Season 4’s ‘The Suitcase’ was instantly deemed a classic hour of TV. Show creator Matthew Weiner and star Jon Hamm offer an oral history of the gut-wrenching, Emmy-nominated episode.

The insight offered here is neat, but it strikes me as one in an increasingly long line of recent pieces playing pretty fast and loose with the idea of an “oral history,” which seems more and more to mean, like, “I just transcribed the A part of this Q&A (and then my editor paginated the shit out of it).” Which is a great move for time-crunched writers who hate the sound of their own voices and would prefer to dwell on them as little as possible, to be sure! But can we please reserve the tag of “oral history” for something a little more time- and effort-intensive than a partial transcript of a publicist-orchestrated phoner with the famous creator and star of a current and massively popular TV show, and meanwhile not be ashamed to embrace these wonderful little cogs in the entertainment-industrial complex for what they are?


Potentially unpopular opinion: I would be okay with Mad Men just ending.

I think I would be, too. Part of it is that I am so used to good shows getting canceled that I’ve been bracing myself for that as an eventuality for this show, too. It’s sad to see great shows die before their time, but also? It’s sad watching great shows turn to absolute shit just because they’re widely beloved cash-cows. I’d rather see Mad Men get Freaks & Geeks-ed than The Office-ed.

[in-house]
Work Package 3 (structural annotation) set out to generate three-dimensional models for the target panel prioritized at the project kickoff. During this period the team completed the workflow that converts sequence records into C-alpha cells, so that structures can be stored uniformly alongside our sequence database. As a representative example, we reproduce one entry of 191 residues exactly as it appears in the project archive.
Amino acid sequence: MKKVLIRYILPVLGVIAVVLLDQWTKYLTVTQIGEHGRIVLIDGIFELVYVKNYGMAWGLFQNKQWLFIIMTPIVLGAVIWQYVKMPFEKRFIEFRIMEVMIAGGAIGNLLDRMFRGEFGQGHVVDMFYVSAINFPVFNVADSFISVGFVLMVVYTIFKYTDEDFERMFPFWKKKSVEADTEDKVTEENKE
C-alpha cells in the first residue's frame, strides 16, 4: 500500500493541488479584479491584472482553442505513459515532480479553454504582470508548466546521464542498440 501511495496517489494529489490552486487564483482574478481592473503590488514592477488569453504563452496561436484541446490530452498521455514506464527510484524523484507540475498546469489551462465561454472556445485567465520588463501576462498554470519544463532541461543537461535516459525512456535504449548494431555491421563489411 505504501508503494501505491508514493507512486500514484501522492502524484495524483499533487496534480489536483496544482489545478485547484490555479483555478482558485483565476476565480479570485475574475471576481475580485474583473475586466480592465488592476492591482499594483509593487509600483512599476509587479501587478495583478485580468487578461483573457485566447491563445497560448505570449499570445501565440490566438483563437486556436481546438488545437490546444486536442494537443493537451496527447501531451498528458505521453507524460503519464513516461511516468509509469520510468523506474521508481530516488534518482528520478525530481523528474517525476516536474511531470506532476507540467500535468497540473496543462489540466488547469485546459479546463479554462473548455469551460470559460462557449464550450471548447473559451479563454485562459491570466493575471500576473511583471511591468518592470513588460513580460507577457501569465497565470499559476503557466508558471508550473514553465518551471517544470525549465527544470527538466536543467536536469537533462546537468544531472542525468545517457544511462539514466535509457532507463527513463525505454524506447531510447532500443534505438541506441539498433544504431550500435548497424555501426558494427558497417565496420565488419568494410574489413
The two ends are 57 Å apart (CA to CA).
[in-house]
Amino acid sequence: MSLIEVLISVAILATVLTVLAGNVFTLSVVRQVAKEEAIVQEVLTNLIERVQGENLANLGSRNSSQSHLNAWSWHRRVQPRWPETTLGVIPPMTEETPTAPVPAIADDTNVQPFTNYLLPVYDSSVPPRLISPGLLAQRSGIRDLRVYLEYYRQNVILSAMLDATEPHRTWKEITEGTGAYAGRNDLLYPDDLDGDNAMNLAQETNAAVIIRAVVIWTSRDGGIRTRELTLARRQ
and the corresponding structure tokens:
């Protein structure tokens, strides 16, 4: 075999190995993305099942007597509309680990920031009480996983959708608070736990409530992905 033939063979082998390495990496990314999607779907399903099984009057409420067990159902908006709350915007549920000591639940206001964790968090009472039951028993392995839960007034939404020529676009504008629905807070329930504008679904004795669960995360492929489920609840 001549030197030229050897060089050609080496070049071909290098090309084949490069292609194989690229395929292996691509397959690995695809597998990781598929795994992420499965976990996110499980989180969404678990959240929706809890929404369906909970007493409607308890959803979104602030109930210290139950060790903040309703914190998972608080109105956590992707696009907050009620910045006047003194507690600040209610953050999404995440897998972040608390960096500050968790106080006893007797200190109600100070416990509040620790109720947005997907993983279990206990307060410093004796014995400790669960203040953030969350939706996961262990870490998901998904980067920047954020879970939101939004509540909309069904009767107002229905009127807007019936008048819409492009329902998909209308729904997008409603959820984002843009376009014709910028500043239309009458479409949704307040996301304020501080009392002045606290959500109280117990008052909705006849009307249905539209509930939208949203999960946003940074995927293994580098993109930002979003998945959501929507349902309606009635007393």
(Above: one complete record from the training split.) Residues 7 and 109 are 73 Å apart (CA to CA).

“I’m the luckiest guy in the world. I would love it if you would put this in your magazine. I realize that my career is 99 percent luck, if not 99.9 percent luck. The fact that I’m born in America, and America has control over all these other colonies, and enslaved all these other countries — I mean, there are so many things that have happened in my life that make me so lucky. And one of them is that I’m an actor, somewhat of a public figure. But if there’s anything I can do to say one thing that might change one person’s mind, that will have some sort of value, my thing would be, you know: maybe take the bus once in a while. And I don’t think I’m saving the world by saying this — billions of people do it every day. Like I said, I don’t think it’s amazing. But if it does something, then maybe I’m not the biggest asshole in the world.”